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Starting an ESOP? Do These Three Things First

Starting an ESOP? Do These Three Things First

Employee stock ownership plans (ESOPs) are a unique retirement plan that not only will provide for the participant at retirement but also gives the employee equity in the company. As we discussed in a previous article, ESOPs can satisfy a wide variety of needs. But before you set up your ESOP plan, make sure you do these three things first.

ESOP Process

1. Understand Your Employees’ Ambitions

Are your workers innovative and driven? Are they loyal to your organization? Or are your employees satisfied with their career trajectory and show up to work merely for the paycheck?

Employees who have enthusiasm for the work you do (and who stick around long enough to help see those initiatives through) will be the ones who see starting an ESOP as a worthwhile reward for their loyalty. These folks can be referred to as intrapreneurs: individuals who are employed but have entrepreneurial drive. Intrapreneurs inject creativity, passion, and vision into the workplace, and they are the ones who will want to play a role in your company’s success.

2. Take Stock of Your Company’s Culture

Simply having motivated employees isn’t enough. Your company culture must reflect the fact that you value your employees’ drive. You can do this by fostering an ownership culture. Ownership cultures are often indicated by the following traits:

● Management shares high-level data about the company’s outlook with employees

● The company invests in employee training and education

● Leaders promote from within and support employees on their career paths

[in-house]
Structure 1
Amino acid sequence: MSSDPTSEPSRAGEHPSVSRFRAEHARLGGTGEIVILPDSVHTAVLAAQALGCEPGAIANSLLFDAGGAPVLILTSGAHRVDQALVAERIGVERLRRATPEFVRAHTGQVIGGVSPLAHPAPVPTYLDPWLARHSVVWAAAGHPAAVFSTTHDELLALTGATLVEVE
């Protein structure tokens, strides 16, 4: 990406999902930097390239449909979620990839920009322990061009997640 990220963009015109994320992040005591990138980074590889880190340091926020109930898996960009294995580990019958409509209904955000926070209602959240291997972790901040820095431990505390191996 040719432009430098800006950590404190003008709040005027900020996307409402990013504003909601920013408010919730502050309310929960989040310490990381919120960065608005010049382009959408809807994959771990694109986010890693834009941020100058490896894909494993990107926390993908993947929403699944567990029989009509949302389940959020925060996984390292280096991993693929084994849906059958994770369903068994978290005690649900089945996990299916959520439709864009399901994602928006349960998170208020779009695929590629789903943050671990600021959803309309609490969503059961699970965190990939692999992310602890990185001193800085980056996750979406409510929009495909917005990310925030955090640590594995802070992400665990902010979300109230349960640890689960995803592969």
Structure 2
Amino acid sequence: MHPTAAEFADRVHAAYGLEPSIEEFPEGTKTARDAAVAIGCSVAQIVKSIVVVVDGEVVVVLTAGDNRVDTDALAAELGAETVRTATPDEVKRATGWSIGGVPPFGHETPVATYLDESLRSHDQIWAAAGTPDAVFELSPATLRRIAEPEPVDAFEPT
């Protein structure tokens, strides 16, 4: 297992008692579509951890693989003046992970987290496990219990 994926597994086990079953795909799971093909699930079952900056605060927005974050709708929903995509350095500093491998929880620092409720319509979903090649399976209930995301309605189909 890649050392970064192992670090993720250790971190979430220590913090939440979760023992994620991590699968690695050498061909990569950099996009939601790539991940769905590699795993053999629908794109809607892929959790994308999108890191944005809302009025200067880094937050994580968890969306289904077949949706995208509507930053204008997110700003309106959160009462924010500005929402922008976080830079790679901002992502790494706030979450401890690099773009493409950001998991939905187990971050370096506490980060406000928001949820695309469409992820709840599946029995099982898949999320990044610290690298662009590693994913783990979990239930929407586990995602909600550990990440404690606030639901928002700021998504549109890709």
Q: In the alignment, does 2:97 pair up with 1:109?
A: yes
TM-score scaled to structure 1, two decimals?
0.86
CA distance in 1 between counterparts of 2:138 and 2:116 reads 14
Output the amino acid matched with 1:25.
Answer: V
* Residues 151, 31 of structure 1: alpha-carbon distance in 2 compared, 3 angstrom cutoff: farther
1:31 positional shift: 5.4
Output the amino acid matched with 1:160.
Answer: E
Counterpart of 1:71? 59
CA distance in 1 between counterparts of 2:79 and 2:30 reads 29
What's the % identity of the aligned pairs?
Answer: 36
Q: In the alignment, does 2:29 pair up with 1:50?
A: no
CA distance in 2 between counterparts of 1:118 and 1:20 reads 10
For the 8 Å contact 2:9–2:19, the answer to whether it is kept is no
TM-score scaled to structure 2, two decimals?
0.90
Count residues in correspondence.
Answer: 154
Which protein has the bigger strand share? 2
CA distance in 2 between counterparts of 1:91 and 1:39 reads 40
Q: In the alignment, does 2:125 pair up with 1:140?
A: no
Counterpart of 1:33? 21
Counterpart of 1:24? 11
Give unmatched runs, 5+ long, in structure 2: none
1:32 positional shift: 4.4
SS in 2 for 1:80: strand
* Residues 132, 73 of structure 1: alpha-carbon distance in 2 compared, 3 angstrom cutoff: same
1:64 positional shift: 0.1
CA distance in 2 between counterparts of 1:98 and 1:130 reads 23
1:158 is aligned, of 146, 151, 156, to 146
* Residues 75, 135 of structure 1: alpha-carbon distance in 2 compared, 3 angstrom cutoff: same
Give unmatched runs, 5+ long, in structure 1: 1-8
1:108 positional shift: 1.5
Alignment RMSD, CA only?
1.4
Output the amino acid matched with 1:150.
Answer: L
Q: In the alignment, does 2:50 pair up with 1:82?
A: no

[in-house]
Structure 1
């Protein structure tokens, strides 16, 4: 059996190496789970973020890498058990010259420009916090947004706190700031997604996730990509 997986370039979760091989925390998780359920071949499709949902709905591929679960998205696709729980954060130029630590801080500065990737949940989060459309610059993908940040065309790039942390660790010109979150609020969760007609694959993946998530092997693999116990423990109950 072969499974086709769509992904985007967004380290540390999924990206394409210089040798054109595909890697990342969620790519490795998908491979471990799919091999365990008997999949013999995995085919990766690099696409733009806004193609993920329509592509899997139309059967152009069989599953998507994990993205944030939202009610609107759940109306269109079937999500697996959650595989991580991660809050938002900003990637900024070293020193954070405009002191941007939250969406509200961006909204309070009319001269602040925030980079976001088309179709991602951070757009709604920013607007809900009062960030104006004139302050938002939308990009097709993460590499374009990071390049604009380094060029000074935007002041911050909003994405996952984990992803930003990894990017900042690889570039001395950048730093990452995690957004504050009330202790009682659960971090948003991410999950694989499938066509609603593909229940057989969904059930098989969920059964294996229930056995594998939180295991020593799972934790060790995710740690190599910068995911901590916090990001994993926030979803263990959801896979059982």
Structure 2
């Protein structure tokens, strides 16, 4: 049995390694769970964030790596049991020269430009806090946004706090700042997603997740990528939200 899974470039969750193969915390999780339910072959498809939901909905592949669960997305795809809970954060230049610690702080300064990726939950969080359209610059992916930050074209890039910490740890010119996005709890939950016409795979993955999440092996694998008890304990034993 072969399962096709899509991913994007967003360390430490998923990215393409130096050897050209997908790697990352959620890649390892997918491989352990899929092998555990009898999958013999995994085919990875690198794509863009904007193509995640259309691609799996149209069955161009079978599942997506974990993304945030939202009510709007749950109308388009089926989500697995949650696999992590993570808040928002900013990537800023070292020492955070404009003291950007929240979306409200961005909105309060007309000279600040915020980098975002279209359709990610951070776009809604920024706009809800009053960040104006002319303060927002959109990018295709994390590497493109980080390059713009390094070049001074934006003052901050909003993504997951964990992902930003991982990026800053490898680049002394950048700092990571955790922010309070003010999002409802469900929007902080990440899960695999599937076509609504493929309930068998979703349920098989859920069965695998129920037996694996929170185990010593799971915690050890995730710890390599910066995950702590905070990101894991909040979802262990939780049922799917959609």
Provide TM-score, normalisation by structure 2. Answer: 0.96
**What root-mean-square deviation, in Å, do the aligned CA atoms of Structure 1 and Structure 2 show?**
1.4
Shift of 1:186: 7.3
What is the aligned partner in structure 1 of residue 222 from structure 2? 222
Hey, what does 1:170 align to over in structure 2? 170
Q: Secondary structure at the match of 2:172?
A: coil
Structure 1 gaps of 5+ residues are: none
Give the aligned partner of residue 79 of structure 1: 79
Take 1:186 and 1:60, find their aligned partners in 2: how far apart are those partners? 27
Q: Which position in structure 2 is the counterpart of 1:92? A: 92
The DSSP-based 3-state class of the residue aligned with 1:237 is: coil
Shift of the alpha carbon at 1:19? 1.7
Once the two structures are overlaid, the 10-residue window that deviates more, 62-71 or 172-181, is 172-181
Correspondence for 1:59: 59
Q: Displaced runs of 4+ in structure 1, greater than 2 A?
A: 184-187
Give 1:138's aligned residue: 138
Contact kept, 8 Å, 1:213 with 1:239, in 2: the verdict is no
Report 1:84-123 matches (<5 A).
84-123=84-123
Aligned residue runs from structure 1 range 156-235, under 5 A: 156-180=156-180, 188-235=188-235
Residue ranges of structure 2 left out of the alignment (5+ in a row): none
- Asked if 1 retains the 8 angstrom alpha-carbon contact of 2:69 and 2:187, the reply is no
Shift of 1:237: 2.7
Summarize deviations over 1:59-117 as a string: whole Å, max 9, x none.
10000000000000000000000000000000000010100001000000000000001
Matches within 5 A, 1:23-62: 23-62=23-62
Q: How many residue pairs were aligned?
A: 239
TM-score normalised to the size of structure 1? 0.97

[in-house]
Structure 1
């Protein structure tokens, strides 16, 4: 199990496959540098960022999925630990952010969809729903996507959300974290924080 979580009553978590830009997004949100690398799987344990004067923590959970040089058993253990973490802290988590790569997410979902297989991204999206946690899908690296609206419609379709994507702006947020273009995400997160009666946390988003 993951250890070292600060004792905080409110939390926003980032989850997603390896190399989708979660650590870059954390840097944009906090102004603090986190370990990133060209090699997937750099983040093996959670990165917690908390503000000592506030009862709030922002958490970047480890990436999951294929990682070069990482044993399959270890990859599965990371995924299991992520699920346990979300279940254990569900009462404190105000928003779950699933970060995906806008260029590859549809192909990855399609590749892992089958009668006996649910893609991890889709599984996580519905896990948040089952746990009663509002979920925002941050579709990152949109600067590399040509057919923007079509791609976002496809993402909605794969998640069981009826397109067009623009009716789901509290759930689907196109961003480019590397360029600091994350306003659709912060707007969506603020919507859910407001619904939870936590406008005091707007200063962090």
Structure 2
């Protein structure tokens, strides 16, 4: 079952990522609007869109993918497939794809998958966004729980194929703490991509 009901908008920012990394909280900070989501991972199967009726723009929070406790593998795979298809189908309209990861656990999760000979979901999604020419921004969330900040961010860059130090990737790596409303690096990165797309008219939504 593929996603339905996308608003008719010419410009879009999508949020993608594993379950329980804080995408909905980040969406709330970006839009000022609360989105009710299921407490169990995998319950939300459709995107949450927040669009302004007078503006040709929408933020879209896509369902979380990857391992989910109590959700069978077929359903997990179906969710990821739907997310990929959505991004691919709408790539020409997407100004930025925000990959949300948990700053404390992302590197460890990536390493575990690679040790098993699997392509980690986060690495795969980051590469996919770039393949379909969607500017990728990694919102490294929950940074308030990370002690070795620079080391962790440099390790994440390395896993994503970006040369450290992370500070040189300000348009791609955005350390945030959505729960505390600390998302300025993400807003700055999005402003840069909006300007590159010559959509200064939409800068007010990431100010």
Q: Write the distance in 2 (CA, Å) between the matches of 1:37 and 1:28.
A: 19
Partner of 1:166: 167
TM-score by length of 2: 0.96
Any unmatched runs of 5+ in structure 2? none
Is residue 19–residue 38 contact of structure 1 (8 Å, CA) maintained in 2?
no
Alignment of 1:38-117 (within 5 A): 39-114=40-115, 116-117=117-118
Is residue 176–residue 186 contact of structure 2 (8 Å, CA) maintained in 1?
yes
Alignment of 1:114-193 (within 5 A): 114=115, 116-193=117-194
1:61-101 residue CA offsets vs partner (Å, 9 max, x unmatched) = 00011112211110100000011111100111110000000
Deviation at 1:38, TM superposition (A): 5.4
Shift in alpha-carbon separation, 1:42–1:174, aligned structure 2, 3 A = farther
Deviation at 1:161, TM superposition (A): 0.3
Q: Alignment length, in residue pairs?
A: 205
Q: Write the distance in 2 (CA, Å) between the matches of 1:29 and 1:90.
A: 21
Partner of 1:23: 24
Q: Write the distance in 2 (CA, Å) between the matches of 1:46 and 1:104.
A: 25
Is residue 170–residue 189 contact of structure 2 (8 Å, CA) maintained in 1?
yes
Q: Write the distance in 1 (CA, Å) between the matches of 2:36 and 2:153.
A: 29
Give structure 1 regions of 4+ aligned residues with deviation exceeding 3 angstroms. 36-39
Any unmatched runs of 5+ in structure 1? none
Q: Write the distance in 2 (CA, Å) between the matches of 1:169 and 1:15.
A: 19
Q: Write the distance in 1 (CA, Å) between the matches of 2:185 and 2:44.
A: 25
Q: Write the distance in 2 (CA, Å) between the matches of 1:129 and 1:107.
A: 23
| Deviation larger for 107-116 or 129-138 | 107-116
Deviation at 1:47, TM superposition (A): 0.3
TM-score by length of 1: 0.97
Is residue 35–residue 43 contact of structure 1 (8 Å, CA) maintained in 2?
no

● Owners employ profit-sharing tools to reward employees for their hard work

● Supervisors ask for employee input and welcome feedback from any level

A company whose culture provides employees with the freedom to act and make decisions like owners – and employees who gladly step into those roles – will benefit from an ESOP.

3. Run a Feasibility Report

When employee incentive aligns with the organization’s, you can more strongly consider an ESOP. But you must first see if it would be feasible for your organization and for the existing owners. Because starting an ESOP is predicated on either purchasing or diluting the shares of the existing owners, you should ensure the transactions will benefit your current owners first. In such a feasibility study, ask yourself the following questions:

What are the owners’ expectations? Shares cannot be purchased at anything other than fair market value, and existing owners may have no idea what their company is worth. Perform a valuation study so that all parties can consider value-per-share.

What does the existing employee makeup look like? Consider your turnover rates and the age of your workforce to get a better idea of who would receive benefits under the ESOP. You must be confident that your workers would value stock benefits.

How many shares will be sold? How closely-held do the owners want the business to be in five, 10, 20 years? Do they want to sell some or all their shares? This will help you determine what shares will be included in the ESOP plan.

How will the company pay for the ESOP plan? Some companies will fund the ESOP with cash, but others will do so with financing. Know how you will purchase new or existing shares.

What are others in our industry doing? If others in your industry offer ESOPs, will yours look competitive to potential recruits?

Many of these “big picture” questions you can answer for yourself, but you may want to reach out to a professional to help you with the more technical questions you’ll also have to answer, like:

● How does my existing 401(k) mesh with an ESOP?

● Can our cash flows support this ESOP plan?

● Will stock sales impact our (or our owners’) tax return?

● Are our owners eligible for tax deferral?

● Who can we legally exclude from or include in the ESOP?

● Will our ESOP shares vest? Over what period?

● Who will be the ESOP plan’s trustee?

● What repurchase obligations should we have in the event of death, disability, or retirement?

Contact your Meaden and Moore advisor if you would like to discuss your ESOP plan in more detail.

ESOP Infographic Updated 1.30.24-1


Michelle Buckley is a Vice President in Meaden & Moore’s Assurance Services Group with 23 years of public accounting experience.

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